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Bloomberg Looking Up Again at Richard Rogers’ Three World Trade

East
Monday, January 7, 2013
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3 World Trade. (Courtesy Silverstein Properties)

3 World Trade. (Courtesy Silverstein Properties)

Almost a year ago, reports surfaces that, without an anchor tenant, the 80-story Three World Trade tower by Pritzker-winner Richard Rogers of Rogers, Stirk, Harbour + Partners would be lopped off at seven stories. Without an anchor tenant signing up for at least 400,000 square feet of space in the $300 million tower, the Port Authority of New York & New Jersey will not guarantee the project’s debt. Mayor Bloomberg is optimistic, though, telling the New York Post last week that the tower is “closer than anyone realizes” to landing that all-important tenant, which could be GroupM, a subsidiary of  advertising giant WPP. The Post said the company is interested in 550,000 square feet of the tower’s 2.8 million total square feet. If a deal is signed and construction continues, the tower could be complete in 2015.

Bloomberg also delivered the not-unexpected news that Norman Foster’s 88-story Two World Trade tower will likely remain a stump for the near future. SOM’s One World Trade and Fumihiko Maki’s Four World Trade are expected to be finished by the end of the year. In the meantime, take a look back at Silverstein’s blockbuster video rendering of the complete World Trade Center site.

More after the jump.

Finalists Announced for Bloomberg Mayor’s Challenge

National
Wednesday, November 21, 2012
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And then there were 20. The Bloomberg Mayor’s Challenge has narrowed its list of competing cities to 20 finalists! The competition—which encourages architects, city planners, and governments to come up with innovative solutions to improve city life—was originally announced in June by New York City Mayor Michael Bloomberg to assist in addressing urban challenges. Of the 305 cities that submitted proposals, 20 were chosen to continue to the next step: an Ideas Camp, where the final five will be selected and a total of $9 million will be awarded to implement their ideas.

Bloomberg: Bike Share Delayed Until Spring 2013, Duh

East
Friday, August 17, 2012
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(Montage by The Architect's Newspaper)

(Montage by The Architect’s Newspaper)

Mayor Michael Bloomberg announced this morning on his morning radio show that New York City’s forthcoming CitiBike bike-share program—already mired with delays caused by software problems—would be further delayed until at least next spring, confirming rumors that the system’s bugs weren’t being worked out quickly enough. On his radio show, the mayor delivered the bad news, “The software doesn’t work, duh.” He maintained that, “we are not going to put out the system until it works.” The highly anticipated program is set to become the largest is North America when it opens and was a signature piece of the mayor’s bike infrastructure plan for the city.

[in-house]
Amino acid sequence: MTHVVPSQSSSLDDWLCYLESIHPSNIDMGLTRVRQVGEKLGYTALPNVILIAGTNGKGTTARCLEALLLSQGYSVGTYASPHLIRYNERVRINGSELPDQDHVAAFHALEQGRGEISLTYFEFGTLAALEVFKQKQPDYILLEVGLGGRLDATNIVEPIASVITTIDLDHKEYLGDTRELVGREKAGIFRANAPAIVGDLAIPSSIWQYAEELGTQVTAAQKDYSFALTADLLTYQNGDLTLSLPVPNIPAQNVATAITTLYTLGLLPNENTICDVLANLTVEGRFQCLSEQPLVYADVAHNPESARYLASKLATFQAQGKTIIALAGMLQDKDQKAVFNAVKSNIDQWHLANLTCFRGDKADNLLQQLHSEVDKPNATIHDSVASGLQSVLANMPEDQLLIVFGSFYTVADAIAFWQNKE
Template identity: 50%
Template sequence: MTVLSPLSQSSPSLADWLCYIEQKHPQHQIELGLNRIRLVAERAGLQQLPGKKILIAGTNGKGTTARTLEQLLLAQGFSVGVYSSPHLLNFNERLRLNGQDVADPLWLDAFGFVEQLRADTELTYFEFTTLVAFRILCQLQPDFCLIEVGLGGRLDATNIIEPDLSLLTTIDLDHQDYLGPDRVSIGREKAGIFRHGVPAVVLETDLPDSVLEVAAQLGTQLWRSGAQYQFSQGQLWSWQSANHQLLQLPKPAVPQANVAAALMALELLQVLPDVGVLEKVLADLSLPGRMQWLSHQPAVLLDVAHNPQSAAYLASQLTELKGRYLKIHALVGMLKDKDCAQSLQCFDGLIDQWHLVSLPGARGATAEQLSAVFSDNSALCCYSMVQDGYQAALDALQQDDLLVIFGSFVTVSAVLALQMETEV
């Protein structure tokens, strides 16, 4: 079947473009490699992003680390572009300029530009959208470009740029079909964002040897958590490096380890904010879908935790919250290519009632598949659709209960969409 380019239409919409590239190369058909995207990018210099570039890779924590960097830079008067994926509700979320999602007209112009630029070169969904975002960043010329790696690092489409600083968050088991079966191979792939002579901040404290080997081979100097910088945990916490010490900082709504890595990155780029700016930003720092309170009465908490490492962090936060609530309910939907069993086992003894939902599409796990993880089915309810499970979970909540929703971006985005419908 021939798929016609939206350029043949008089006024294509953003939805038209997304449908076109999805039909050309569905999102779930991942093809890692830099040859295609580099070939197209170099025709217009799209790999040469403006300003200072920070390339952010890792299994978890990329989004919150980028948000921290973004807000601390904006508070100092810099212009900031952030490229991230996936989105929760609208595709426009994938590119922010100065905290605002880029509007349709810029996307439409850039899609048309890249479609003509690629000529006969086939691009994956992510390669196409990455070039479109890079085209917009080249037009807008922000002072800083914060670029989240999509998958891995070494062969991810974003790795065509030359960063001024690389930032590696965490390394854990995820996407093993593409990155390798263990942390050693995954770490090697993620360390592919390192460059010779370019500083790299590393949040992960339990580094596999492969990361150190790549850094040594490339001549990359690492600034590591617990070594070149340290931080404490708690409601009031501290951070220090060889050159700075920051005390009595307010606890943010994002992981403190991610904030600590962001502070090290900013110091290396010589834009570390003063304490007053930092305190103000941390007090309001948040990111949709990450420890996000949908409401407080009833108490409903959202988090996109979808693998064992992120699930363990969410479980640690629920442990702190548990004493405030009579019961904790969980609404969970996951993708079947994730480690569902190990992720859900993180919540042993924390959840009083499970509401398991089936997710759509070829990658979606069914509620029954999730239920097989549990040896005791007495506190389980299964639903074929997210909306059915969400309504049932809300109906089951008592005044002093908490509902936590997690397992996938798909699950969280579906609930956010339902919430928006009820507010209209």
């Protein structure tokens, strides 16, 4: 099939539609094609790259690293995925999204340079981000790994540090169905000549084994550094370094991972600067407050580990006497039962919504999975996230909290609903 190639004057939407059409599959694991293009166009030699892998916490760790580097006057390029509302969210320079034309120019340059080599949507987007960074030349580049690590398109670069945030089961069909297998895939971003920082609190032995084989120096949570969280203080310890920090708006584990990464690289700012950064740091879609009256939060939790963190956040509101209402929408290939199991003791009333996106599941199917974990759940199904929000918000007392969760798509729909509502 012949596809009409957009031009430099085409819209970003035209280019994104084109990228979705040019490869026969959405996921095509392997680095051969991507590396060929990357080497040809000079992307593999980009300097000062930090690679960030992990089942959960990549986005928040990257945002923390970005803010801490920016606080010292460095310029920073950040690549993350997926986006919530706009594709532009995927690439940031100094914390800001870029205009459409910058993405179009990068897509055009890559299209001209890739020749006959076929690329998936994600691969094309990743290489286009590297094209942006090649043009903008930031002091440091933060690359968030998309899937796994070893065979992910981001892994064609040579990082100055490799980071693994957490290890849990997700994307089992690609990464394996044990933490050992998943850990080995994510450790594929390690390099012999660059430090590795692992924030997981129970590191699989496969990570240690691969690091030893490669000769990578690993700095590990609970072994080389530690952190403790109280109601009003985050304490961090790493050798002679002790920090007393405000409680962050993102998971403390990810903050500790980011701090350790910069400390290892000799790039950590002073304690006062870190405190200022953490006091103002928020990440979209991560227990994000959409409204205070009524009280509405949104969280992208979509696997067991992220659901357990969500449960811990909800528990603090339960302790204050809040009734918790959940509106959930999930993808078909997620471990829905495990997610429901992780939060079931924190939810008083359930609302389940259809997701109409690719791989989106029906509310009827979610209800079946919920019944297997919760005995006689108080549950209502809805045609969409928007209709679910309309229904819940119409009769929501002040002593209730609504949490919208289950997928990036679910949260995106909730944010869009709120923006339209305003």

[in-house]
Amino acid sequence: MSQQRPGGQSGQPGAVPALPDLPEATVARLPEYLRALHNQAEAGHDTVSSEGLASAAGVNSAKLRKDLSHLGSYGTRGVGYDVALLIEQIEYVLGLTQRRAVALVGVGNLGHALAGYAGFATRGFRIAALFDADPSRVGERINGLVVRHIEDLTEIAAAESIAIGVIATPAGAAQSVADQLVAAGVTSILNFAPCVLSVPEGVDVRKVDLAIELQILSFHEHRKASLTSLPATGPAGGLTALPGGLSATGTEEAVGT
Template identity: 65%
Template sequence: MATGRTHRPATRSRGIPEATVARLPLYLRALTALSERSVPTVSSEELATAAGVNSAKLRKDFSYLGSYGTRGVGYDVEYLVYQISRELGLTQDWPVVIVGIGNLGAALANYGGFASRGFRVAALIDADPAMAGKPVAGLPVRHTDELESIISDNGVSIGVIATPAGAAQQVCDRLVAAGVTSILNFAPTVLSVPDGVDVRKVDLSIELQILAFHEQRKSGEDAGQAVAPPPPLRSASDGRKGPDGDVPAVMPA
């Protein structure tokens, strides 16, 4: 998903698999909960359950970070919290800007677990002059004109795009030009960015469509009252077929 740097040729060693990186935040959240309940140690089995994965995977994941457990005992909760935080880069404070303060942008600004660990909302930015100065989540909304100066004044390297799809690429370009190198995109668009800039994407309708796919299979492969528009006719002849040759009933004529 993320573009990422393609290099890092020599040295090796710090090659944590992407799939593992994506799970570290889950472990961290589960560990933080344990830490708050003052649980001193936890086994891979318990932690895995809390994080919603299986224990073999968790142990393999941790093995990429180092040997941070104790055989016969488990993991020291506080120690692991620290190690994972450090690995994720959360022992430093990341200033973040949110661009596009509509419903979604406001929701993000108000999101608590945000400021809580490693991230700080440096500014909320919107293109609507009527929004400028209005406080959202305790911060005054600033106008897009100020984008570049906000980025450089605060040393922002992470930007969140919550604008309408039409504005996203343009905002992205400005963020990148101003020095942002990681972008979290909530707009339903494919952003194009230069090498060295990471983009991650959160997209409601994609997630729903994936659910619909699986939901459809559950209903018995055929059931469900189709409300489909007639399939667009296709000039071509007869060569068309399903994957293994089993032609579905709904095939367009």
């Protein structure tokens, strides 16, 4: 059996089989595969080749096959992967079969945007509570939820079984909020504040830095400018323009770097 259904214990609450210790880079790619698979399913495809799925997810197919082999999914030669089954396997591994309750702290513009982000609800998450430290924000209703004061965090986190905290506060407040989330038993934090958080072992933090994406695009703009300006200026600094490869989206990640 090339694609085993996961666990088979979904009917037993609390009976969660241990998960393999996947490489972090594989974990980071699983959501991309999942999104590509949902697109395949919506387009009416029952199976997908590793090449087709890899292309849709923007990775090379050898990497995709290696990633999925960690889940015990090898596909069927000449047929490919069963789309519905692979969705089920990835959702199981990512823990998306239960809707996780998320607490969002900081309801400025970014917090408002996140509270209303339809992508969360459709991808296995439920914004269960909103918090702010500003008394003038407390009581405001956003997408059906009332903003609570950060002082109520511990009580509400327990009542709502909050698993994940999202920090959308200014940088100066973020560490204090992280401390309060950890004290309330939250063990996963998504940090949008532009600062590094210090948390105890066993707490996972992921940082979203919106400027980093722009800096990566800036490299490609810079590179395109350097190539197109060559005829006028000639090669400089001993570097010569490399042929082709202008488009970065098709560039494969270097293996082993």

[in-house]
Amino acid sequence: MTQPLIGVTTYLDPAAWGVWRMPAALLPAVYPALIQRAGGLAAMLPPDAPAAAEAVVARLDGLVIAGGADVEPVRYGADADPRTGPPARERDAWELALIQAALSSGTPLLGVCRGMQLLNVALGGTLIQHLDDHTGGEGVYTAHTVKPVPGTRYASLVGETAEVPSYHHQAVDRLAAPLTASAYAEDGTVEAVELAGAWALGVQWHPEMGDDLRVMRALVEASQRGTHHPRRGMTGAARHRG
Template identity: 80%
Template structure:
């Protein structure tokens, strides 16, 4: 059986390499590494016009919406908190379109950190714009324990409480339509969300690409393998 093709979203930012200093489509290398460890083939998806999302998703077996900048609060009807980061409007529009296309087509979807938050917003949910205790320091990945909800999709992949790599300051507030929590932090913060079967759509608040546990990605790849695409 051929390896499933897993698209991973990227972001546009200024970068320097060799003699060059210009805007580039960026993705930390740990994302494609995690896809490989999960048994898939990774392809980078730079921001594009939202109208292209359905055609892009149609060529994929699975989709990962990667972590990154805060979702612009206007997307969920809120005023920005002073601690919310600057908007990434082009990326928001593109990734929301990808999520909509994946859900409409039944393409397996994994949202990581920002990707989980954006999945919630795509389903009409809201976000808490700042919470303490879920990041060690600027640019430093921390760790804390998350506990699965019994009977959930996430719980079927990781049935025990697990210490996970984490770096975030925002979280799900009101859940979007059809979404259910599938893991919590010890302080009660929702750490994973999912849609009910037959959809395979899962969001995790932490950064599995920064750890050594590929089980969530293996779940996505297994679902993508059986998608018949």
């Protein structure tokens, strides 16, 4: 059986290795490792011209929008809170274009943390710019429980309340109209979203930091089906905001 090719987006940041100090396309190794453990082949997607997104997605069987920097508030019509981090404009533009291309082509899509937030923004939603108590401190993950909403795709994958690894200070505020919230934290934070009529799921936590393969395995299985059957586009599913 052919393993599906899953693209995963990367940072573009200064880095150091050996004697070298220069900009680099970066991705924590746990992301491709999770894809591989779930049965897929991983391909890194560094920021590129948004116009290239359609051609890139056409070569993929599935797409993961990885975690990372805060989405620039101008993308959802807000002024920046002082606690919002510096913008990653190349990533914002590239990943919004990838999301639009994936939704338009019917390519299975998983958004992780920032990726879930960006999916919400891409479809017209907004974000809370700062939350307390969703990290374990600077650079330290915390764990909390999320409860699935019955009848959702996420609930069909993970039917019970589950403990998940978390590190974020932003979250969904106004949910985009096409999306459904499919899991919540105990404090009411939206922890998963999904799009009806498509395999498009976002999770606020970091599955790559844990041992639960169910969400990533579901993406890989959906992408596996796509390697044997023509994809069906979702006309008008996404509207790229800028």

Continue reading after the jump.

NYU Expansion On Its Way To Bloomberg’s Desk.  NYU Passes As was widely expected, NYU cleared its next to last major hurdle yesterday when City Council approved the university’s expansion plan. The only thing left to do is to obtain the assured signature of Mayor Bloomberg. Amidst cries of “Shame!” coming from the public seated in the balcony, the council passed a plan that was reduced in size by 26 percent from the original proposal after all the ULURP parties had weighed in.  

 

Bloomberg Applies Sunscreen Legislation.  Detail of Piano's sunscree for the New York Times building. (Courtesy treehugger) As if to underline, highlight, and italicize the mayor’s support for green design, today New York Mayor Bloomberg signed into law a bill that will allow sun control devices to protrude from buildings up to two-and-a-half feet. If the legislation sounds similar to the Zone Green legislation passed by City Planning back in March, that’s because it is. But the new legislation brings this particular building code in line with one of the many zoning codes encompassed by Zone Green.

 

@MikeBloomberg: #SocialMedia is Complicated! SMH

East
Monday, March 26, 2012
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Demonstrators at the Design Commission Meeting mobilized on their Save Coney Island Facebook page.

Demonstrators at the Design Commission mobilized on their Save Coney Island Facebook page. (Stoelker/AN)

Mayor Bloomberg was in Singapore last Wednesday to accept the Lee Kuan Yew World City Prize for sustainable planning, but it was the mayor’s comments on social media got the most play in The New York Times and the New York Post.

“I think this whole world has become a culture of ‘me now,’ rather than for my kids later on,” he was quoted as saying. “Social media is going to make it even more difficult to make long-term investments. We are basically having a referendum on every single thing that we do every day, and it’s very hard for people to stand up and say, ‘No, no. This is what we’re going to do’ when there’s constant criticism and an election process.”

Continue reading after the jump.